What is TPM and why Windows 11 need it; The Windows 11 operating system will be officially released in a few months, but the operating system will not be available on all computers. According to Microsoft, Windows 11 needs a system that supports the Trusted Platform Module 2.0, while most users are not fully aware of this technology. Microsoft claims that TPM will increase the security of Windows. However, it is possible that Microsoft’s tough approach to TPM 2.0 will cause Windows 11 to fail.
Last week, Microsoft finally unveiled its new operating system, called Windows 11, featuring a variety of features, including a simple, integrated user interface. Other features of the Windows 11 operating system include better performance, a new Microsoft Store, and better gaming capabilities. The operating system will also be available as a free update for Windows 10 users.
It seems that Microsoft has made a lot of efforts to make this operating system more attractive to developers and easier to work with than in the past. However, users will need a system with a dual-core processor and 4 GB of RAM to run this operating system. As you can see, the minimum system required to install Windows 11 has increased compared to Windows 10, and older computers will not be able to run it.
What is TPM?
Most computers built in the last 10 years support UEFI and Secure Boot, so they should be able to run Windows 11. However, if these computers are not equipped with a TPM chip, they will not be able to install and run the latest Microsoft operating system.
But why did Microsoft suddenly decide to consider TPM technology, which is mostly used in commercial environments, as a prerequisite for running Windows 11? TPM was originally installed as a microcontroller chip on motherboards, but in recent years Intel and AMD processors have added the technology to their processors as firmware.
The purpose of using TPM in Windows 11 is to protect cryptographic keys, user information, and other sensitive data behind hardware barriers to prevent malware or hackers from accessing or manipulating this information. In short, TPM is a hardware-based security feature that stores information in a specific section and protects it from hacker attacks.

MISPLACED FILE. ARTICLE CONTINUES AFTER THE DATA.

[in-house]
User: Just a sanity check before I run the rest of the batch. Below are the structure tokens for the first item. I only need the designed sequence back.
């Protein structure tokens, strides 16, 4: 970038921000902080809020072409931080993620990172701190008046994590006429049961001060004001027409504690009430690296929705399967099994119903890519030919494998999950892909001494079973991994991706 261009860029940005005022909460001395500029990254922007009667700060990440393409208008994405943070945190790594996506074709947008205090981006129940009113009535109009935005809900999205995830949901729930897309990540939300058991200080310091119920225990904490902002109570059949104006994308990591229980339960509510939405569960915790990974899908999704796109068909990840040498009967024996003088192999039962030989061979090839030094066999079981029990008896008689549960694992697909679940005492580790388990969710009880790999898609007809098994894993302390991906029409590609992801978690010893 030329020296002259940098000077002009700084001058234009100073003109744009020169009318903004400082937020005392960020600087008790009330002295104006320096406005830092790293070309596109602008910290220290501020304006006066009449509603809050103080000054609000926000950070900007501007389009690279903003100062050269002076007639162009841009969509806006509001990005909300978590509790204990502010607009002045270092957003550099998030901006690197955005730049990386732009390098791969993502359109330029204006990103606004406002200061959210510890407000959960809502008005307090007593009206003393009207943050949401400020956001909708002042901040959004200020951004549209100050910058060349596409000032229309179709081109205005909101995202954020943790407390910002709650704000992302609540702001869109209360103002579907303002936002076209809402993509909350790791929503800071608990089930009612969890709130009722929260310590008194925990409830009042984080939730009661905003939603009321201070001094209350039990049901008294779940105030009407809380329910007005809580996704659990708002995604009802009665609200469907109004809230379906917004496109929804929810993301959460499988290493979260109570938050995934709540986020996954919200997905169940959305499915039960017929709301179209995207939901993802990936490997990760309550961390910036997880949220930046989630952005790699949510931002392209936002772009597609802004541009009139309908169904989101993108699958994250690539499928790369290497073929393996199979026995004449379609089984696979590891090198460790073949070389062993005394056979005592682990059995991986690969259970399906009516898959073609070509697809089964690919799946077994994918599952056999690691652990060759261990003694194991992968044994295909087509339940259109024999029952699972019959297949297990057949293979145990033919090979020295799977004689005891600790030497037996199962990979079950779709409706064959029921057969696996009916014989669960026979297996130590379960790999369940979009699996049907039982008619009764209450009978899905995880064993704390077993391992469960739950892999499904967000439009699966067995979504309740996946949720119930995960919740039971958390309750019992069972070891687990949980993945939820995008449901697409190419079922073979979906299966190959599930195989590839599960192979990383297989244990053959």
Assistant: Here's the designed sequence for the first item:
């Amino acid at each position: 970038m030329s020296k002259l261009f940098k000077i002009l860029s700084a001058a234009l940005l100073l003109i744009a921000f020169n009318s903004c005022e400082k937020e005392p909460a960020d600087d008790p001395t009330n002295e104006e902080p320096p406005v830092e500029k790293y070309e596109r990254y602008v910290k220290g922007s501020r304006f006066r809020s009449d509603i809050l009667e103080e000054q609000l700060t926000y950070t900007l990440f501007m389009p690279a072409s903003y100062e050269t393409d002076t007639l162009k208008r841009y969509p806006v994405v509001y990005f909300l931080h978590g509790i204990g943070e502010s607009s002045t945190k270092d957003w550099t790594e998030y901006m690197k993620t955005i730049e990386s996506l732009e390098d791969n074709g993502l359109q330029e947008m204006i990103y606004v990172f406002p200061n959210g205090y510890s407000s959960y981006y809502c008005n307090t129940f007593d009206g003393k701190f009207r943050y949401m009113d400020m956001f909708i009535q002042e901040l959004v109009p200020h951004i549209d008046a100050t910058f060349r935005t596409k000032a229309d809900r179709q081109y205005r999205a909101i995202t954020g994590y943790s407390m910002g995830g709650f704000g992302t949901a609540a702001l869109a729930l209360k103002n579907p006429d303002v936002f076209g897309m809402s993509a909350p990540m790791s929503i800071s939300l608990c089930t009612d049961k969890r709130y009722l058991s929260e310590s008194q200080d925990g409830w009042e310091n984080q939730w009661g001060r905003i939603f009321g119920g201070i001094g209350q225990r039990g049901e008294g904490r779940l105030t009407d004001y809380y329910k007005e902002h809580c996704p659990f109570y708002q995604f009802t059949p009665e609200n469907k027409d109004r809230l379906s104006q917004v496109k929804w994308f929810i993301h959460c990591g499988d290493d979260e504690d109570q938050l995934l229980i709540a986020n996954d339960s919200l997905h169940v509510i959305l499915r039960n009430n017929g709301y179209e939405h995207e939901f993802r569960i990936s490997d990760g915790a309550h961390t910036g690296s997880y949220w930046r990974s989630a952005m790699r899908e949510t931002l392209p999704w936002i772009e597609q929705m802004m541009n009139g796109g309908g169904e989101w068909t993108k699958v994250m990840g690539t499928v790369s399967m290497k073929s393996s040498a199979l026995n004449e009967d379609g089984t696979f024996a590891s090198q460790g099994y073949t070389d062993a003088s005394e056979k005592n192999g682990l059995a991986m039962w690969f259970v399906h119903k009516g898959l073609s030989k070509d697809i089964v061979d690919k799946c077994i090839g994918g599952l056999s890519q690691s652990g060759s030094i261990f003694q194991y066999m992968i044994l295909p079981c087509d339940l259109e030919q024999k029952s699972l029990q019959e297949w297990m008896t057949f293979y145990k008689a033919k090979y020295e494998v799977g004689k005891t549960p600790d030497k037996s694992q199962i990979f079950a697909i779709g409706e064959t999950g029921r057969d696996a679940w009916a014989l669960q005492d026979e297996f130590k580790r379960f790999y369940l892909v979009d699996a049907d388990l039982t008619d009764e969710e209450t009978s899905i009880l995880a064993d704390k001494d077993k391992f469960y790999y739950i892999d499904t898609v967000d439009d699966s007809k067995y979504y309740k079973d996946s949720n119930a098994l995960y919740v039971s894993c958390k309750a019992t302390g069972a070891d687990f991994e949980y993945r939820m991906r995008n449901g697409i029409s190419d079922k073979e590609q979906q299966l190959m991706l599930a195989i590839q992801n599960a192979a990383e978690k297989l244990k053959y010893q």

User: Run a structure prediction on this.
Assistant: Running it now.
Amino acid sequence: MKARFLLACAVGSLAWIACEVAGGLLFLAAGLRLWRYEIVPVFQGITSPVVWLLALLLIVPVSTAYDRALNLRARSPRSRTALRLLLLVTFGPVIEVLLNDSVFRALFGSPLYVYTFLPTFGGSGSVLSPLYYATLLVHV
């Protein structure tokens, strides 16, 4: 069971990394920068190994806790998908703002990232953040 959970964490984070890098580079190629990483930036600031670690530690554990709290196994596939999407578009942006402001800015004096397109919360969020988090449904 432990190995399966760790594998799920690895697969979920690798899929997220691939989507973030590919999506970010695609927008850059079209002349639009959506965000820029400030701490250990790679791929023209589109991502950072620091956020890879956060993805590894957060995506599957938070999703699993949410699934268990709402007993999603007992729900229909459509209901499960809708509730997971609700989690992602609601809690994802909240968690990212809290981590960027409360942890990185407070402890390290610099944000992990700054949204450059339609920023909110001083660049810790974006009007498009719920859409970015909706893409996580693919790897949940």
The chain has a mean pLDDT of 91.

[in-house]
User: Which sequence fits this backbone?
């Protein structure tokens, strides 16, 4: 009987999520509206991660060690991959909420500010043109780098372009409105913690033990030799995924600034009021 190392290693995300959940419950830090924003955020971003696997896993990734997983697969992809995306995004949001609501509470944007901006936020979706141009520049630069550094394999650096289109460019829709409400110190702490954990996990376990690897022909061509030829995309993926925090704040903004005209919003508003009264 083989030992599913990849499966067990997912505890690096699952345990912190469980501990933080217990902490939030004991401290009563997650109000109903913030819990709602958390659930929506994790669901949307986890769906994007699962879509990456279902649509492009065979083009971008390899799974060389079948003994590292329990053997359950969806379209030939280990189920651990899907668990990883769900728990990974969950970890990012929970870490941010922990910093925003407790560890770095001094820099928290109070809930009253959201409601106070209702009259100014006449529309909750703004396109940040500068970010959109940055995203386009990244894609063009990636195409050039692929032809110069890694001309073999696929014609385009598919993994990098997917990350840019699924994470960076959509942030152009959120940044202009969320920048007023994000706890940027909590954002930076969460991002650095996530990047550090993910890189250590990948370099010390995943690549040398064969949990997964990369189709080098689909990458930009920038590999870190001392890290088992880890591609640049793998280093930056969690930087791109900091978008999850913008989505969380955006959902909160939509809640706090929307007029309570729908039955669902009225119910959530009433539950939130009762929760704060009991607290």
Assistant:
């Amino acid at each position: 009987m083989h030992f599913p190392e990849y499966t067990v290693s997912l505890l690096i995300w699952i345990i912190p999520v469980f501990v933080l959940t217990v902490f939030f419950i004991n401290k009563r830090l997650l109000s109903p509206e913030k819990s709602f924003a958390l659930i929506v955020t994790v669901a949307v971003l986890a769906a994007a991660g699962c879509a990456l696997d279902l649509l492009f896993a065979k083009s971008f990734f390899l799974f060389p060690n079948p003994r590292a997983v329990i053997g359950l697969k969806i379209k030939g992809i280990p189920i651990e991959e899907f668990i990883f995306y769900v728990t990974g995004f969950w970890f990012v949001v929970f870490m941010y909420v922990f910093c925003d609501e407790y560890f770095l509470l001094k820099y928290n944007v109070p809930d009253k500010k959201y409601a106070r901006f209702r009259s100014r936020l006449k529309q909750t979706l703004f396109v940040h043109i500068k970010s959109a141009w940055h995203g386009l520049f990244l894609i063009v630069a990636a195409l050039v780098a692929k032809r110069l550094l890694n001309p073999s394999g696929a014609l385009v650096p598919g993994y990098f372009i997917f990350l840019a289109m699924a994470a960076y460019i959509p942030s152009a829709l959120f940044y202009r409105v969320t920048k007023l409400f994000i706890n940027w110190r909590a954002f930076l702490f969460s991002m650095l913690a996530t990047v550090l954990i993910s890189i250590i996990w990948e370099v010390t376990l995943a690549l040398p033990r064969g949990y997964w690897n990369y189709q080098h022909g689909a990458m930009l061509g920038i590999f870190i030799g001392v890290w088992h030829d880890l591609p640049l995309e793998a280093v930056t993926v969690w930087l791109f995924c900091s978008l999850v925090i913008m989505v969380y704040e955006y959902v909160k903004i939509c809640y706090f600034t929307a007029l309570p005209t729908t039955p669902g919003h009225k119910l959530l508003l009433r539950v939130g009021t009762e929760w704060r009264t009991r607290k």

Windows has used TPM in the past to upgrade to features such as Windows Hello, Windows Defender, and BitLocker. This feature will not be completely impenetrable, but it will make it harder for hackers to attack systems remotely. Currently, 1.3 billion people use Windows 10 (about 100 million users use Windows 8 and 7) who are exposed to various cyber-attacks on a daily basis. Hackers are expected to make $ 265 million through online ransomware by 2031.
Microsoft has worked hard to educate users and businesses about the importance of protecting against such cyber attacks. According to the company, 83% of all businesses have been attacked in the past two years, and these companies have allocated only 29% of their budget to protect against these attacks. However, Microsoft may be pursuing another goal as TPM is also used to protect copyright and add anti-fraud capabilities to online games.
Microsoft has filed many patents for the simultaneous use of TPM and other anti-fraud solutions. Microsoft’s move will surely be welcomed by the gamer community and will make it very difficult for fraudsters. Of course, this feature will not be available for Windows 11 on the first day, but using TPM will definitely create the right infrastructure to create such features.
Who has access to TPM?
People who use computers equipped with AMD or Intel processors, to use TPM, you must first go to the UEFI settings section of your system and have a feature called PTT (on Intel systems) or PSP fTPM (on AMD systems). D) activate. Most computers built in the last 4 years or later were not supposed to support this technology. For example, the first-generation Raizen and Treadmill processors on AMD and Intel 6th and 7th generation processors, and generally all processors released before the CoffeeLike series (late 2017), do not support TPM.
However, following the controversy surrounding the use of TPM by Windows 11, there have been reports that Microsoft’s new operating system may be used on older systems. It is said that users of older systems can access this operating system in a special way.
According to various sources, Microsoft has increased the list of processors running Windows 11 and added Intel 7th generation and Advisor 1st generation processors to this list. Of course, this news has not been confirmed by Microsoft yet, but such an action by this company is not far from expectation.
Users of older systems can install the TPM 2.0 chip manually on their system motherboard, but Microsoft does not recommend this. Also, using the TPM 2.0 chip on BIOS motherboards is not recommended as many key TPM features will not work on them.
Currently, TPM’s main problem is running out of stock thanks to illegal brokers and sellers. Just one day after the introduction of Windows 11, all TPM chips in reputable retailers ran out, and now these products are being sold at many times the price on websites like eBay. Normally the TPM 2.0 module costs about $ 25, but now illegal vendors sell it for $ 100.
Microsoft plans to increase the level of security for users and companies by making TPM a prerequisite for Windows 11, and has partnered with Intel, AMD, and Qualcomm to integrate TPM directly into new processor cores. The only problem with Microsoft’s move is the global shortage of chips, which prevents many users from accessing the unique features of Windows 11.
What do you think about the prerequisite for TPM to install Windows 11? Was Microsoft’s move right in the current labor market conditions? Share your comments with us.